Radio Propagation Prediction Software

- an overview, article, tutorial about the basics of radio propagation prediction software for use on the HF bands for predicting broadcast coverage, as well as the possibility of establishing two way radio communications, maritime mobile radio communications, and for many more applications.

Ionospheric propagation tutorial includes . . . .
Ionospheric propagation     Ionosphere     Ionospheric layers     Skywaves & skip     Critical frequency, MUF, LUF & OWF     Ionospheric absorption     Solar indices     Propagation software     NVIS     Transequatorial propagation     Sporadic E    

As electromagnetic waves, and in this case, radio signals travel, they interact with objects and the media in which they travel. As they do this the radio signals can be reflected, refracted or diffracted. These interactions cause the radio signals to change direction, and to reach areas which would not be possible if the radio signals travelled in a direct line.

While it is possible to gain an idea of what HF radio propagation conditions may be like, and what the likelihood of establishing a particular radio communications link may be, purely from a general knowledge of HF radio propagation and a knowledge of the solar indices. However for a more exact analysis of the possibility of establishing two way radio communications, mobile communications, or for assessing broadcast coverage it is necessary to undertake a more rigorous and mathematical approach. This lends itself very well to a computer and software orientated approach.

There are very many radio propagation prediction software packages that are available. Many of these radio propagation prediction software packages have been developed over many years. Some were developed for broadcasters, while others were developed for military applications. With the reduction in the use of the HF bands for military and broadcast applications many of these software packages have been released for free use or for purchase at a minimal cost. This has considerably widened the use of these packages which are now within the reach of many radio communications users.

This radio propagation prediction software can now be freely used by all manner of radio users including two way radio communications applications, maritime mobile radio communications, radio broadcasters (small and large), point to point radio applications, radio amateurs, etc. In this way all these users are able to choose the optimum frequencies and times of day to establish their radio communications link, or to broadcast to a particular area with a far greater degree of certainty of being able to successfully achieve their goal.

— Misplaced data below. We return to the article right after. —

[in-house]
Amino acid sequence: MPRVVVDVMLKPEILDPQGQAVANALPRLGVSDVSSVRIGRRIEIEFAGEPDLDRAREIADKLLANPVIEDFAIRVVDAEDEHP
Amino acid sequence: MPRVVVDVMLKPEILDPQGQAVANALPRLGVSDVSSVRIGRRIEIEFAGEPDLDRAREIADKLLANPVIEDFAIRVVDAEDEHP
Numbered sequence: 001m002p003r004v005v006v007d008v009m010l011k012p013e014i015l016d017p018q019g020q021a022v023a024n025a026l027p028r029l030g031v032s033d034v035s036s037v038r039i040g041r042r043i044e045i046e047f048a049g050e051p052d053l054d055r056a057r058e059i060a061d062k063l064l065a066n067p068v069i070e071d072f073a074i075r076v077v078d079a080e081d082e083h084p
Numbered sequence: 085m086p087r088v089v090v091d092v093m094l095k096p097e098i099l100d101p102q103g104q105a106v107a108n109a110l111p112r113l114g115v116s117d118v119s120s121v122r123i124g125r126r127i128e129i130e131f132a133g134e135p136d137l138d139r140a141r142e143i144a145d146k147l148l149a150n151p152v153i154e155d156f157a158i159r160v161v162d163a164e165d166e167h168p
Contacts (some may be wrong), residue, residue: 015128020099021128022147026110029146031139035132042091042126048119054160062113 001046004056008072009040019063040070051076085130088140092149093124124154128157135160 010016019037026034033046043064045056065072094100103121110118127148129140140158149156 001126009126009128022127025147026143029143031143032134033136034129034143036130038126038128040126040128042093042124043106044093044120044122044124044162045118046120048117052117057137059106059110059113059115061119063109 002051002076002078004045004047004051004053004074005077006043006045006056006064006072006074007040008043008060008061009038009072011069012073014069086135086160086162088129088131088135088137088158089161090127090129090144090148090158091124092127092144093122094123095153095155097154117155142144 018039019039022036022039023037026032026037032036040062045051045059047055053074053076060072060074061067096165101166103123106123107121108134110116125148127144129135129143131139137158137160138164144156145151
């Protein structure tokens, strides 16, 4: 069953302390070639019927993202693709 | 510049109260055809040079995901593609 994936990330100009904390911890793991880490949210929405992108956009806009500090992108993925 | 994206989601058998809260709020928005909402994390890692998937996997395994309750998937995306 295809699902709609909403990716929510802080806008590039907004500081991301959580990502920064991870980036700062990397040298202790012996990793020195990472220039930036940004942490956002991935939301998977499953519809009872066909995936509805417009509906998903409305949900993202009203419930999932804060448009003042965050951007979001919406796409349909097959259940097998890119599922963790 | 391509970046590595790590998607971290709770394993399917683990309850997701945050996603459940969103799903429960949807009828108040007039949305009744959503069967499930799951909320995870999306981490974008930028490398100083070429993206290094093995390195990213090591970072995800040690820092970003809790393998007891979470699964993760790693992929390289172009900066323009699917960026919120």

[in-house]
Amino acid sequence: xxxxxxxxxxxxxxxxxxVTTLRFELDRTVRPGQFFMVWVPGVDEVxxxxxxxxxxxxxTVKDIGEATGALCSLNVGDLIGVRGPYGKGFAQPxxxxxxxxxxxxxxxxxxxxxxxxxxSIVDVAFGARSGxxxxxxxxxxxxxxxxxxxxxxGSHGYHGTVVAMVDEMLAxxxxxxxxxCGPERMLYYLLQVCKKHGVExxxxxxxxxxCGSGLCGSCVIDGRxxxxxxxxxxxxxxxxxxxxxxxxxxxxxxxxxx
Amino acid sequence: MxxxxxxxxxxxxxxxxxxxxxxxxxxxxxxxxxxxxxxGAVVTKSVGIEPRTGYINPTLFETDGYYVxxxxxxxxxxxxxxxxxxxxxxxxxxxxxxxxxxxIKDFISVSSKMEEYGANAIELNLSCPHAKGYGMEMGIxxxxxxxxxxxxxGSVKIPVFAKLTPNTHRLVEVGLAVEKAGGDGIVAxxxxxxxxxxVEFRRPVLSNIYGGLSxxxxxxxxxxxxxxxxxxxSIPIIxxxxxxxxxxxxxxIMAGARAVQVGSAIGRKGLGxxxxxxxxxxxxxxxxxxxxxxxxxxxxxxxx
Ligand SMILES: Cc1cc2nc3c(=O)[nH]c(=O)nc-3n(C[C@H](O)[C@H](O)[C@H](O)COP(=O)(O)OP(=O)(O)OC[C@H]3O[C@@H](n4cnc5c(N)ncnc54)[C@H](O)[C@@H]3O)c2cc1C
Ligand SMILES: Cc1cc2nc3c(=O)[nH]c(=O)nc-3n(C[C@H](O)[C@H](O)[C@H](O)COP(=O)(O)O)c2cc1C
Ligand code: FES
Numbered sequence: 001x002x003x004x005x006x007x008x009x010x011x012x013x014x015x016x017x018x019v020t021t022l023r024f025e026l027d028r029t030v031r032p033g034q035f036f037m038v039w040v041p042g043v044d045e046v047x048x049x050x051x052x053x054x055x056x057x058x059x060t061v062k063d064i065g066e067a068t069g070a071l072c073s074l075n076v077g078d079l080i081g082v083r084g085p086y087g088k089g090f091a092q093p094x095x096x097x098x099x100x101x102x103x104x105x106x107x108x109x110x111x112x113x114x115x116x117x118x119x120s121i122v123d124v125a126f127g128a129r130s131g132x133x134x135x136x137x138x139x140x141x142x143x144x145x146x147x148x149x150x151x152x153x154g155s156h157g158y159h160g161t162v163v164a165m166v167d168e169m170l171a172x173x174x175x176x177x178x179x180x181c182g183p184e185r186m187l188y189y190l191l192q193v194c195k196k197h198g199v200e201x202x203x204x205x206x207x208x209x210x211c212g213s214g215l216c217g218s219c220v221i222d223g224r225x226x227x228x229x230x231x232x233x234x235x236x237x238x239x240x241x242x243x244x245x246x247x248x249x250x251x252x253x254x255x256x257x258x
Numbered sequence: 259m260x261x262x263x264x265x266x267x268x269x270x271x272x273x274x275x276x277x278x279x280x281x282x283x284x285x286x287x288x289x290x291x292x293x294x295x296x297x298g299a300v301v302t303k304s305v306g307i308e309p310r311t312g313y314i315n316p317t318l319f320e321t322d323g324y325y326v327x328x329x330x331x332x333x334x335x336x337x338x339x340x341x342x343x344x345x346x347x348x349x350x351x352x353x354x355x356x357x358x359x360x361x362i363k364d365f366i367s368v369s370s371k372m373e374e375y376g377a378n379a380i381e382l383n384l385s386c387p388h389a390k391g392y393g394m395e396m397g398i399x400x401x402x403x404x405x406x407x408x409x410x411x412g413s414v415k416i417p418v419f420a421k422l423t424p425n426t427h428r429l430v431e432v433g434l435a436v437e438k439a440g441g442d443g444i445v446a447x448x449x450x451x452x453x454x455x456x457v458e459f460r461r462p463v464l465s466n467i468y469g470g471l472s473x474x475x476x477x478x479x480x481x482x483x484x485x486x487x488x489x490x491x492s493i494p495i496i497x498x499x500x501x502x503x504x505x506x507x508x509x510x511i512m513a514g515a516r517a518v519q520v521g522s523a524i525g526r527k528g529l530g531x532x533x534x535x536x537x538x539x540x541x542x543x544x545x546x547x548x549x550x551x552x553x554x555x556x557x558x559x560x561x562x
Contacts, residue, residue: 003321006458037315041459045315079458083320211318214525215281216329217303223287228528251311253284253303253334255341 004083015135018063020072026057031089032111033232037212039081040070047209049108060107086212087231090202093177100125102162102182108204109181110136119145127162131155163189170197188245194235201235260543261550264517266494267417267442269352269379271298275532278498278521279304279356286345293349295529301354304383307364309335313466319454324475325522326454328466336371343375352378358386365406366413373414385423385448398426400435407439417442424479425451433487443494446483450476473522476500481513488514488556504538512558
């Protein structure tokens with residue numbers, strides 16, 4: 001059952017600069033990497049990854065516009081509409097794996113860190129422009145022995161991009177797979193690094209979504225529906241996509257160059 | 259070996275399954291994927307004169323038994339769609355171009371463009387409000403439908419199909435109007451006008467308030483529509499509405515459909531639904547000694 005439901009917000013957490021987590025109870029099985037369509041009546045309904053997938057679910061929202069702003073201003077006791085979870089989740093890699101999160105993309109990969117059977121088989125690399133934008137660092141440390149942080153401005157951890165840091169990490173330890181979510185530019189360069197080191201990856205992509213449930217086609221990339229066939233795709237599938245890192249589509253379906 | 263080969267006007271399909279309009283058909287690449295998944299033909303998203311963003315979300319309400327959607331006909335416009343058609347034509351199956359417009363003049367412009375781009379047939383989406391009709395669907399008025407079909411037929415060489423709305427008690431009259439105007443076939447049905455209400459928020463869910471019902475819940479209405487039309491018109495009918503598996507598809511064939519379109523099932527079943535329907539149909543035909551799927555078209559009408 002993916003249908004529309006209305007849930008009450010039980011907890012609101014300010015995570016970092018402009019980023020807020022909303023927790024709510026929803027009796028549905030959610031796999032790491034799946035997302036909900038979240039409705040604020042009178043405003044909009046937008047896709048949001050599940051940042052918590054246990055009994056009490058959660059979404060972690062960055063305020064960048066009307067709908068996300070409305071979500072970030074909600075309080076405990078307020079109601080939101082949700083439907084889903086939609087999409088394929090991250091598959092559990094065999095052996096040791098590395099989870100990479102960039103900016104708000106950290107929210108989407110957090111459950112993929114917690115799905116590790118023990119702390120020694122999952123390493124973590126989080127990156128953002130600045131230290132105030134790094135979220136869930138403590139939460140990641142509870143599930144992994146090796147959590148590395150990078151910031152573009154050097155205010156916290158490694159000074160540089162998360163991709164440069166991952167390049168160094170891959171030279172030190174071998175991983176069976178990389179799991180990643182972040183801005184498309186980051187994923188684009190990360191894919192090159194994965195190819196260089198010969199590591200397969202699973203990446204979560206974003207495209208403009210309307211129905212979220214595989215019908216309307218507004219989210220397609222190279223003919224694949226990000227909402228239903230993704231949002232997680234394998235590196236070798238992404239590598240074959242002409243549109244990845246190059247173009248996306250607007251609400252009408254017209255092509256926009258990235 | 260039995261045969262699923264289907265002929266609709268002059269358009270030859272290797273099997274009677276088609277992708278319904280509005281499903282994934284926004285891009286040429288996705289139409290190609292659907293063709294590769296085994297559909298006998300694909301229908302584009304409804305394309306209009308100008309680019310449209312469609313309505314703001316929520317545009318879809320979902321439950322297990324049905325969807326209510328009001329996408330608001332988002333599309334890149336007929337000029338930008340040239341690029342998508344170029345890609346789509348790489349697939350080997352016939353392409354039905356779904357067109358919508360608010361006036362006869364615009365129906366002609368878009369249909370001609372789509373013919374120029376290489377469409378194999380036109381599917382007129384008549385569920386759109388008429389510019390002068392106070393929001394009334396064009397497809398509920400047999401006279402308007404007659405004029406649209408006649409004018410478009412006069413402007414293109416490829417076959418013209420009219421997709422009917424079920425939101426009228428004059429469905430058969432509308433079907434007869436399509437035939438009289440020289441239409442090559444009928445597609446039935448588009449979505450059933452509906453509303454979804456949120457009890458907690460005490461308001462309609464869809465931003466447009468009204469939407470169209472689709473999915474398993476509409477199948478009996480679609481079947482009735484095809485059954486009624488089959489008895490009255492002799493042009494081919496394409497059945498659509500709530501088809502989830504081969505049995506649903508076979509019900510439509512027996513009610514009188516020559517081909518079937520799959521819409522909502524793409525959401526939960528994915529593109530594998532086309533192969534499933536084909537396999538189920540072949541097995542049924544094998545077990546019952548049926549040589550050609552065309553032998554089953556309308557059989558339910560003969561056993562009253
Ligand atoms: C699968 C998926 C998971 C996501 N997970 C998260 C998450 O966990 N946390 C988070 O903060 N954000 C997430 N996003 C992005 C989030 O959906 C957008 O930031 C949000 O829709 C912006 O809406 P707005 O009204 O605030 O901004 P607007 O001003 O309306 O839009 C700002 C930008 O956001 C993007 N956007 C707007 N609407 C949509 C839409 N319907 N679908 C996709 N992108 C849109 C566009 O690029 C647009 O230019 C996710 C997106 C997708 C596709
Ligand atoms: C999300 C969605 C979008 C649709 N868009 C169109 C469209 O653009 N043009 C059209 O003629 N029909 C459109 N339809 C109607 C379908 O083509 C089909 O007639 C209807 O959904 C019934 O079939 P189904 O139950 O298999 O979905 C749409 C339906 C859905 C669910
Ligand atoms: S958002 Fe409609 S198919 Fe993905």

Radio propagation prediction software

Radio propagation prediction software uses many factors to determine the statistical probability of a particular path being open. Built in to the programme there is always a considerable amount of data that has been gained over many years of research. Items such as the time of day, the variations of HF propagation that are experienced over different areas of the globe. The season and time of day also have significant impacts of the radio propagation prediction as well..

In addition to these various other inputs are required to enable the radio propagation predictions to be made. The indicators of the level of solar radiation and geomagnetic activity are also needed. These may be required in various forms but they can generally be obtained from a variety of sources on the Internet. These need to be entered along with the required path or coverage area needed and obviously the location of the transmitter.

Radio propagation prediction software packages

There is a large variety of radio propagation software packages that have been developed. Many are very sophisticated and have been developed over many years. These radio propagation software packages are used by all users of the HF radio communications from broadcasters who need to know the likely coverage areas for their radio transmissions and other professionals radio communications users who need to be able to know which frequencies to use to establish a link to a given area to radio amateurs.

By Ian Poole

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